Tag Archives: tohei

Flow Like a River: Takashi Nonaka and the Hilo Ki-Aikido Club

Tohei and Nonaka

 Takashi Nonaka, Yasu Iwasa, Koichi Tohei, Kazuo Takaki, Kiyoshi Nagata
1955 – Hilo, Hawaii at the teahouse in Liliokulani Park

(Photo courtesy of Dr. Mitsuo Adachi Sensei – orginal photo by Bernie Lau)

The oldest of eight children (three boys and four girls), Takashi Nonaka was born on the Big Island of Hawaii on May 8, 1925, he was the oldest of eight children.

His father, Satoru Nonaka, was bon in Kumamoto Prefecture, Japan. Since his parents and grandparents spoke only Japanese he learned to speak the language fluently, and was the translator for Morihei Ueshiba O-Sensei during the Founder’s seven day visit to Hilo. At that time he was a second degree black belt, and the head instructor of the Hilo Aiki Dojo. At the time of this writing he is an 8th dan in the Hawaii Ki Federation and still instructs at the Hilo Shin Shin Toitsu Aikido dojo. Founded in 1955 it is one of the oldest dojo outside of Japan.

Furyu the Budo Journal 4Furyu: The Budo Journal, issue number 4

The magazine”Furyu: The Budo Journal” was established on Oahu in 1994 by local Budo instructor Wayne Muramoto. In addition to modern seitei iaido and classical Muso Jikiden Eishin Ryu iaido he also teaches Bitchu-den Takeuchi Ryu in Honolulu.

The following article on local Hawaii Aikido instructor Takashi Nonaka first appeared in issue number four of “Furyu: The Budo Journal” and is reprinted here with the permission of Wayne Muromoto.  You may also be interested in “Aikido’s Harry Eto: The Wisdom of ‘Slow and Steady’“, which appeared in Furyu magazine issue number 1. Continue reading »

Aikido’s Harry Eto: The Wisdom of ‘Slow and Steady’

Harry EtoHarry Eto Sensei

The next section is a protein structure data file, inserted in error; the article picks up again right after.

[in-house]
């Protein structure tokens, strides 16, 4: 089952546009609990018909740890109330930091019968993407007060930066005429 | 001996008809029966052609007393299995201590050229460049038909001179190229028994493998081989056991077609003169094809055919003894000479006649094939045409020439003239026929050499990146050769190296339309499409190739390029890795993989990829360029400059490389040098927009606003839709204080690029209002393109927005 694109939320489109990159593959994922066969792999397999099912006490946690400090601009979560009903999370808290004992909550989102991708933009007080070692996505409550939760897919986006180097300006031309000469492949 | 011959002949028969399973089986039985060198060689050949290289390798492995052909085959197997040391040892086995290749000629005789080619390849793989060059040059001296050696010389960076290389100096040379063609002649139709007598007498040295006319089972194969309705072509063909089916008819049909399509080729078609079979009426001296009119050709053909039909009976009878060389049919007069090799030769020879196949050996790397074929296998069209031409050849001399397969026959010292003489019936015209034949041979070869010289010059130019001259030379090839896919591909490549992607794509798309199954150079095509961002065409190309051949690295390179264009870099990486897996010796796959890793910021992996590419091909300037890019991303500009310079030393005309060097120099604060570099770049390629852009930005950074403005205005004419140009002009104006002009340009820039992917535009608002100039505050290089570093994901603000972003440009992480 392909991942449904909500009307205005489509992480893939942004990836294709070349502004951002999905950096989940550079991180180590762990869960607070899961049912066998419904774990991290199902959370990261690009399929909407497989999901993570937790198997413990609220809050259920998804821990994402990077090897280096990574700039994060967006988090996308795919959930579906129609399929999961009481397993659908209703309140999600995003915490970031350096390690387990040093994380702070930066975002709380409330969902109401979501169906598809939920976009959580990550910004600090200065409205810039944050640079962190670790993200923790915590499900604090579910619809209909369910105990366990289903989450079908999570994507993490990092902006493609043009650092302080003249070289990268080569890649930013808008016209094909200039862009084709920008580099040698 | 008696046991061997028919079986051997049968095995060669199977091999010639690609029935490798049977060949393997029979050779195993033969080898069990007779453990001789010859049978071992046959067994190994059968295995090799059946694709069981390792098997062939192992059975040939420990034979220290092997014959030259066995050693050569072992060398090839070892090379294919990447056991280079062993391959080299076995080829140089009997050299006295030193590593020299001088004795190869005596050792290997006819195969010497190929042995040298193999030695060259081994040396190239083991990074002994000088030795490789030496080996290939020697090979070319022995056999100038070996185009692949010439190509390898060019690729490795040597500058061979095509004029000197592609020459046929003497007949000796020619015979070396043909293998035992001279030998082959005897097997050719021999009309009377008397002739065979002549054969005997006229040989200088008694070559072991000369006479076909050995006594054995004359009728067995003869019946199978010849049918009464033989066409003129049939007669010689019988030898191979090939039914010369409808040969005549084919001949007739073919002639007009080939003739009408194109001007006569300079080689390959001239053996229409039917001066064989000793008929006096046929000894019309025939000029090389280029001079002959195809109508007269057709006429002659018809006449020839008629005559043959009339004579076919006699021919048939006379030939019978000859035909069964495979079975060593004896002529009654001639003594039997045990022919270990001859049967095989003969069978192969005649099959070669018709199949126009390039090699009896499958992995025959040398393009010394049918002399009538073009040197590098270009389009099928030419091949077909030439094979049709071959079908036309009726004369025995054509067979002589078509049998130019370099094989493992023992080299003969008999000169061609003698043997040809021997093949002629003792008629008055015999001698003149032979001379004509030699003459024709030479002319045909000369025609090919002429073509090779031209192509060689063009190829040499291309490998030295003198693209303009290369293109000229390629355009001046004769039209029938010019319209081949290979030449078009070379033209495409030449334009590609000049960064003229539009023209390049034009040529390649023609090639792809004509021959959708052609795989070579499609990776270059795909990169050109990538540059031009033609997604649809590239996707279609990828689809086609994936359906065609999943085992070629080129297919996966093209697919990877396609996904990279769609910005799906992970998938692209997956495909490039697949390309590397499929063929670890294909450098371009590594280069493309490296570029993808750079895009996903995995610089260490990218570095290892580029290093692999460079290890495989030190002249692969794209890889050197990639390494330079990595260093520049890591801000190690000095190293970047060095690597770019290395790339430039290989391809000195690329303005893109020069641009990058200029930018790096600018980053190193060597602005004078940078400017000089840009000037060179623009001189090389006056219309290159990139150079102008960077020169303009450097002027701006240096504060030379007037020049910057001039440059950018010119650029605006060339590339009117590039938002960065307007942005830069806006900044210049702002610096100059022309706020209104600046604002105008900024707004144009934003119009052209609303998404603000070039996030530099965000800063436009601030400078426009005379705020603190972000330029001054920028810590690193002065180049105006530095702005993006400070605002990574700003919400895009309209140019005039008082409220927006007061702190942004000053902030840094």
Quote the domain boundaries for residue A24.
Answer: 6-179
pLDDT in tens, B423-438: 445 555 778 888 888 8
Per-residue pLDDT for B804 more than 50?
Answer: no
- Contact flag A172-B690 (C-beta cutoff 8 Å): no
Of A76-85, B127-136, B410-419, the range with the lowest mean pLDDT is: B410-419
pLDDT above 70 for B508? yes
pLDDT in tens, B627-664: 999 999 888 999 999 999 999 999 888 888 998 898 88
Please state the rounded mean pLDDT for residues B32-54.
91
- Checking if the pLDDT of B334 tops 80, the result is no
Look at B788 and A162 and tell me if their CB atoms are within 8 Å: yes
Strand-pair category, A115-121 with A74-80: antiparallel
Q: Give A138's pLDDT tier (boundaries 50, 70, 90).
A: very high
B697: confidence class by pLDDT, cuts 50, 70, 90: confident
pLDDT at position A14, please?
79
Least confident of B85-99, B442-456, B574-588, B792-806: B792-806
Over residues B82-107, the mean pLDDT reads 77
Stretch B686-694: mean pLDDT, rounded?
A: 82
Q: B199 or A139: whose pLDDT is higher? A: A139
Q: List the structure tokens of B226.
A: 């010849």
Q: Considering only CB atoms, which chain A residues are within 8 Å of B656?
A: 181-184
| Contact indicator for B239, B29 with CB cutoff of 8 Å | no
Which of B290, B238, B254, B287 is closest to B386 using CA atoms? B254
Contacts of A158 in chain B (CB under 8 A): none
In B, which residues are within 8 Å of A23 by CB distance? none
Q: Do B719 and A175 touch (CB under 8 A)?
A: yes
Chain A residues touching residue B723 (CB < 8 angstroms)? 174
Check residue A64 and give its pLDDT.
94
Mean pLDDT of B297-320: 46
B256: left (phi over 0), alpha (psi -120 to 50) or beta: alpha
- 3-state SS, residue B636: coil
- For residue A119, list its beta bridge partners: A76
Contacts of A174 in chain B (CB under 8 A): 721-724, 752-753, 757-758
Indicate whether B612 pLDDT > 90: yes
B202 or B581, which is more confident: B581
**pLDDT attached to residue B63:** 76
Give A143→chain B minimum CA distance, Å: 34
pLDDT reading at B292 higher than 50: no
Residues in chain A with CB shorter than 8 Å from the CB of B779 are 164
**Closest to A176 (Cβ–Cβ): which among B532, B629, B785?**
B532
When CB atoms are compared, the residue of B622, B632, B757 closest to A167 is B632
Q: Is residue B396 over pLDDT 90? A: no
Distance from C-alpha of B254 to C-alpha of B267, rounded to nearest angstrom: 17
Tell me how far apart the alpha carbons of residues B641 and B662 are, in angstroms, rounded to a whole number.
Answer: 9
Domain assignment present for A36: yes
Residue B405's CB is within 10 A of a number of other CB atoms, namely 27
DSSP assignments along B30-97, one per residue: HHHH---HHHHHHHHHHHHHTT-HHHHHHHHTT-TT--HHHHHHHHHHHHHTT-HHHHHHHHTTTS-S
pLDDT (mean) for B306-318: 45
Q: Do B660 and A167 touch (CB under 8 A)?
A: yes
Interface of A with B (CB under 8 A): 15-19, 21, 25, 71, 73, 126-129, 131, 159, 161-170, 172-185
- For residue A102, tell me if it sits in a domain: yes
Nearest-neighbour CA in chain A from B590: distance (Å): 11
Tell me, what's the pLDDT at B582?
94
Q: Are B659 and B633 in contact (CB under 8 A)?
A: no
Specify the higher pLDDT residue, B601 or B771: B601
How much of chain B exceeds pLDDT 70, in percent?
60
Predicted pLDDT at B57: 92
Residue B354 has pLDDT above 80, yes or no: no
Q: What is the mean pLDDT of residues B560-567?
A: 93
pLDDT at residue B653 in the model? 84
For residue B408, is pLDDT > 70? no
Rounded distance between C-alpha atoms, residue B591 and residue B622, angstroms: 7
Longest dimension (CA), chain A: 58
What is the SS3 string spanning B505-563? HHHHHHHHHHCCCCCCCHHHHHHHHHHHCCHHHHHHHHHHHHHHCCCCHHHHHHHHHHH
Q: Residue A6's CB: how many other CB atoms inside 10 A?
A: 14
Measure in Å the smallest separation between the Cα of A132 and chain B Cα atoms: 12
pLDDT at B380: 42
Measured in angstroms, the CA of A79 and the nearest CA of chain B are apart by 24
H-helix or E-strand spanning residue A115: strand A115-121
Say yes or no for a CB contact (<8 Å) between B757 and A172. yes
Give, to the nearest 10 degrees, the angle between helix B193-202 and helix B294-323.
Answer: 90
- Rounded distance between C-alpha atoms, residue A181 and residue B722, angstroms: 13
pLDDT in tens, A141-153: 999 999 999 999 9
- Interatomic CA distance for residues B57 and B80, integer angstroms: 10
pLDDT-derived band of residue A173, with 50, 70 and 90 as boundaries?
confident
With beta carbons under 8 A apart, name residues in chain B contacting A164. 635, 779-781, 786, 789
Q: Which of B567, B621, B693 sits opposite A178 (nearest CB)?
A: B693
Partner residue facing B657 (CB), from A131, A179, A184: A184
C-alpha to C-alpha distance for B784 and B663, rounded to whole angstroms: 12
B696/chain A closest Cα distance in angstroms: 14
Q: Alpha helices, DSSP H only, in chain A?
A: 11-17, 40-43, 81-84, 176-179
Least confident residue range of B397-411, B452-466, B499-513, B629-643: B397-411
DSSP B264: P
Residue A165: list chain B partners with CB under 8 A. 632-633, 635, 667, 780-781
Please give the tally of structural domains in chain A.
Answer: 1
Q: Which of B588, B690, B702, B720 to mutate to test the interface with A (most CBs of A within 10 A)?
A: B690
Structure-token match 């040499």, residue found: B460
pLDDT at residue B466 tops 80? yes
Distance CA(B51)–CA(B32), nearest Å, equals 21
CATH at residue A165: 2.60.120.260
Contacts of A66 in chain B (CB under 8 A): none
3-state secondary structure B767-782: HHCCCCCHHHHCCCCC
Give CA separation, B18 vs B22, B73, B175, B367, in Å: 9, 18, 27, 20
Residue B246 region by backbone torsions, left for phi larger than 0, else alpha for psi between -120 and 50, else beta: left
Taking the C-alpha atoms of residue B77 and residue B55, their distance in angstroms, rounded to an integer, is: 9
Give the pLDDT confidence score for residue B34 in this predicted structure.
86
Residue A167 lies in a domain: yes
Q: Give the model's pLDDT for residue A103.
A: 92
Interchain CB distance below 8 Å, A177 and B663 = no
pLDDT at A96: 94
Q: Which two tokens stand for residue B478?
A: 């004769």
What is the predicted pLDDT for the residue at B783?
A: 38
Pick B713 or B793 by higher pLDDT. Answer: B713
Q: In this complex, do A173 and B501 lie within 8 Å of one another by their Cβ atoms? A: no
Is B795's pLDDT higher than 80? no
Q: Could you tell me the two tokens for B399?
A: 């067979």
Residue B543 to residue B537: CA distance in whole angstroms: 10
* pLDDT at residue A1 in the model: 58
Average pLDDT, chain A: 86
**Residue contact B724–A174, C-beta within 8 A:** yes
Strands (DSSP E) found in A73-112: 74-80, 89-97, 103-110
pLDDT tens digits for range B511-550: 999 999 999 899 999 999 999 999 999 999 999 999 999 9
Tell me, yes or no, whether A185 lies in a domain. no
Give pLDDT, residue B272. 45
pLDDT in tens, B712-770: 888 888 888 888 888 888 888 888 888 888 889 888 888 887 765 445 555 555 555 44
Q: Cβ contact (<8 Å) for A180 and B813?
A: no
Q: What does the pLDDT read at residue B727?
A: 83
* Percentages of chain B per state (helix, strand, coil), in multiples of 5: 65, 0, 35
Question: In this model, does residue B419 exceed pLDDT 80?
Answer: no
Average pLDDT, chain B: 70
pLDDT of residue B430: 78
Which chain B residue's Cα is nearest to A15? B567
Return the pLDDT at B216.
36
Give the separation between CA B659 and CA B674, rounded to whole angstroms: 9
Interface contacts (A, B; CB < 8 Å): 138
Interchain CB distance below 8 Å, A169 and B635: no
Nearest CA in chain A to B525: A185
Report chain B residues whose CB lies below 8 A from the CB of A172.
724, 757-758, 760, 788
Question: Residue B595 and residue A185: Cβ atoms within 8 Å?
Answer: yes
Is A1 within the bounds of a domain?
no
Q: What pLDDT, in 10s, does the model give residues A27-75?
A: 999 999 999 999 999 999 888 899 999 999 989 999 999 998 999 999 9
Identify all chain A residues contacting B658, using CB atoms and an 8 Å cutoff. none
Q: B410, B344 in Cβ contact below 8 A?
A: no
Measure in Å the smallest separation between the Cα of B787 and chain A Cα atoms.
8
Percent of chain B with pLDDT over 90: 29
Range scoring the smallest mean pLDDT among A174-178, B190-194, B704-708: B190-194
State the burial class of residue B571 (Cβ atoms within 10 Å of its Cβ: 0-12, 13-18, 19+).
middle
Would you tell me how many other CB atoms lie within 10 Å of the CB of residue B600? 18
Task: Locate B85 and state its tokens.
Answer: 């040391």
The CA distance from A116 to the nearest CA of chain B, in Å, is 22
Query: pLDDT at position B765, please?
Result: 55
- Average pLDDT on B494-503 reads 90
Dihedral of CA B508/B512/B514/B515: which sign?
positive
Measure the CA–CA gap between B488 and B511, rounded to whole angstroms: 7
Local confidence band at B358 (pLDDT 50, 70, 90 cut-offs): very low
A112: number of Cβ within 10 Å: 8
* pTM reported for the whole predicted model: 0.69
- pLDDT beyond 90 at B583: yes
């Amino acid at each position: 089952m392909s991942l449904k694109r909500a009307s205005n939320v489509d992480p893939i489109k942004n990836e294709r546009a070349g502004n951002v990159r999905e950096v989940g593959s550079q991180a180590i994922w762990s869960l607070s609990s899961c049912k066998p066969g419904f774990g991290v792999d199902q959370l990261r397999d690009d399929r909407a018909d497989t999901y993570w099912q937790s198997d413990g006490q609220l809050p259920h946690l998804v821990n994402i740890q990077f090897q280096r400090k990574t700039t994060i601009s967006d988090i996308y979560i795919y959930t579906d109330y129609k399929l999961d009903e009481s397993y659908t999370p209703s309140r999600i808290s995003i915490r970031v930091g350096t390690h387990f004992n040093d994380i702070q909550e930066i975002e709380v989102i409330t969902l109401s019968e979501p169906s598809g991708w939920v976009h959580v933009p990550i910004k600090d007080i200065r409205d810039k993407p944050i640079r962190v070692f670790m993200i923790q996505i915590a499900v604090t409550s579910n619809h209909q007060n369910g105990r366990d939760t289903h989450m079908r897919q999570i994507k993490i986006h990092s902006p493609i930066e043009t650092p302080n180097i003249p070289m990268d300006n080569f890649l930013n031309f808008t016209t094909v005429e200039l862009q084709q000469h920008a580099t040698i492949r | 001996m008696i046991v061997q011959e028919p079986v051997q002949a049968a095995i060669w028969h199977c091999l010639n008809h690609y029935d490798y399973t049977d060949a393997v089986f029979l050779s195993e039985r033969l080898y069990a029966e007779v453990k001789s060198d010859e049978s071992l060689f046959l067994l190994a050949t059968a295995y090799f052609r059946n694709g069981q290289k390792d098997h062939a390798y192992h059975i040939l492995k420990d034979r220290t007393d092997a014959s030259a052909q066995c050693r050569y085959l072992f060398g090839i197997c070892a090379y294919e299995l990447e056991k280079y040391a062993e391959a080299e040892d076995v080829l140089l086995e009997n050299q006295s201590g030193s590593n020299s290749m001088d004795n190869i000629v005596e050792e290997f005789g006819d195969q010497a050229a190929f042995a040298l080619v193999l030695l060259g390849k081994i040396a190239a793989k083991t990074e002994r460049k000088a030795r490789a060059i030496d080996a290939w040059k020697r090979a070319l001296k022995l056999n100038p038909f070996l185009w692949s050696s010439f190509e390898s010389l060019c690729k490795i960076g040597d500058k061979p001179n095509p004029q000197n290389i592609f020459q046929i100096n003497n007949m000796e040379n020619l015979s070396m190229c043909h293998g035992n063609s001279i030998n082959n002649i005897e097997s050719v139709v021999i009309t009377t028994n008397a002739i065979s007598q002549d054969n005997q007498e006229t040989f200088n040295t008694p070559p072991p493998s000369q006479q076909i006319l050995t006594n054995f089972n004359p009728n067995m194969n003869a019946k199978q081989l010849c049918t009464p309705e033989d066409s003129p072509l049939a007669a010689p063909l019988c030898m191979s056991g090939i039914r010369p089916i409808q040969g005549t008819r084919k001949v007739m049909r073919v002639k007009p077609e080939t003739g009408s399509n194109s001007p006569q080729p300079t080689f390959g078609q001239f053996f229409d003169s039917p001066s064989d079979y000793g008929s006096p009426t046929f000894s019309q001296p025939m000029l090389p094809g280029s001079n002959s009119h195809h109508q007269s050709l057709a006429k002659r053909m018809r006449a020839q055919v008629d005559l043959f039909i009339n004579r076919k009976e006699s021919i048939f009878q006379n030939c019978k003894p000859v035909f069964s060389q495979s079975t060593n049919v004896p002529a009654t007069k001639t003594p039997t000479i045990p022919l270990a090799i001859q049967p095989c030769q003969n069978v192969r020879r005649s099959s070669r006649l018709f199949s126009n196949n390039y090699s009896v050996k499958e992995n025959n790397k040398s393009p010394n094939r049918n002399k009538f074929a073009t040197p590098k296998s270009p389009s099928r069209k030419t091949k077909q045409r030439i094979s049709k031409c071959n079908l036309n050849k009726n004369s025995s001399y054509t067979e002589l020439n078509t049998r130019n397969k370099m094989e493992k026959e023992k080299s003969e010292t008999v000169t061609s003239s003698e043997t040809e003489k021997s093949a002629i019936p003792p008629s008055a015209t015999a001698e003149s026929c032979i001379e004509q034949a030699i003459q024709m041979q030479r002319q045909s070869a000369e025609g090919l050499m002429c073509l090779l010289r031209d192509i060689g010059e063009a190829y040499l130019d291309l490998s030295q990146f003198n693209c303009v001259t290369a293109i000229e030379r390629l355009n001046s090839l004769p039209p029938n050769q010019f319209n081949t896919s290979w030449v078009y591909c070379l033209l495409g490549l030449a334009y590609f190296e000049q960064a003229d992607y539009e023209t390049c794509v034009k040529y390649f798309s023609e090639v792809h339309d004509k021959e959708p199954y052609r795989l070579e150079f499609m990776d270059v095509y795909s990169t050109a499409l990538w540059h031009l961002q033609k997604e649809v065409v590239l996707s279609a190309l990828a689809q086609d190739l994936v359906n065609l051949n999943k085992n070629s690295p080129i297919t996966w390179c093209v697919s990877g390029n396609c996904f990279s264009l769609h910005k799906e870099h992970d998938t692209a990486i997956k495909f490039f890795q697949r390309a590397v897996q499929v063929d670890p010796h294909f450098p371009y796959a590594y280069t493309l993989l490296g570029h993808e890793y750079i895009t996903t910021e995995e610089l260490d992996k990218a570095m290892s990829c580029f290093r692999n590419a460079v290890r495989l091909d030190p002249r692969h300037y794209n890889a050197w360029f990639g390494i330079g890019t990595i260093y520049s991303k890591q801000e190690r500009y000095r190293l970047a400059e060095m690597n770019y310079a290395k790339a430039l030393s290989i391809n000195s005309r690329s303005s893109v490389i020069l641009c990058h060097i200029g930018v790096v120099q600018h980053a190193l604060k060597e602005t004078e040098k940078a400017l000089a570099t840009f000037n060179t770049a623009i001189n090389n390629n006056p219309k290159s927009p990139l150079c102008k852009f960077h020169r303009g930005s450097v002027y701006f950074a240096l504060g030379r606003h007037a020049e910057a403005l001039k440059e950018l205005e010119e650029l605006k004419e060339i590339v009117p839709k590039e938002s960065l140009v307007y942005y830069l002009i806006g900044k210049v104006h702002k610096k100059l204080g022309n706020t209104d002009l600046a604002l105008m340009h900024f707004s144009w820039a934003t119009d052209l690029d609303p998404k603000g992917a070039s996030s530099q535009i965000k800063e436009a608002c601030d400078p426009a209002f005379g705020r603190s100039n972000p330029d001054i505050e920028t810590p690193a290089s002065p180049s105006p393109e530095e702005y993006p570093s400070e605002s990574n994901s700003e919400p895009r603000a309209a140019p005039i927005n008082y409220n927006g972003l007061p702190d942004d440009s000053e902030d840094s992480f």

Harry Eto, promoted to eighth degree black belt in 1998 at the age of 92, was one of Koichi Tohei’s first students in Hawaii. Here is a section of the article that appeared in the local Honolulu Advertiser newspaper when he passed away in 2001:

Harry Setsuo Eto, a barefoot Kaua’i plantation boy who literally helped build Honolulu and at middle age became a world-renowned martial arts teacher, will be remembered by family, friends, co-workers and students today at 6 p.m. Honpa Hongwanji services in Honolulu.

Harry Eto discovered martial arts at age 47 and became a world-renowned sensei.
Eto, born Aug. 9, 1906, to immigrant parents who found Hawai’i plantation life even harder than the life they left behind in Kumamoto prefecture, Japan, died June 26 in Kuakini Hospital after suffering a series of strokes. He was 94.

His life was a lesson, and Harry Eto was student and sensei alike.

“Physically I am nothing,” the 5-foot-3, 120-pound aikido teacher said in 1995. “I don’t have any strength.”

But he routinely swept the mats of the dojo at Central YMCA and across the United States with men twice his weight. His advice was: “If your opponent wants to hit you, say, ‘Thank you, please hit my head,’ then step out of the way and help him down.”

Furyu Magazine Issue 1Furyu: The Budo Journal, Issue Number 1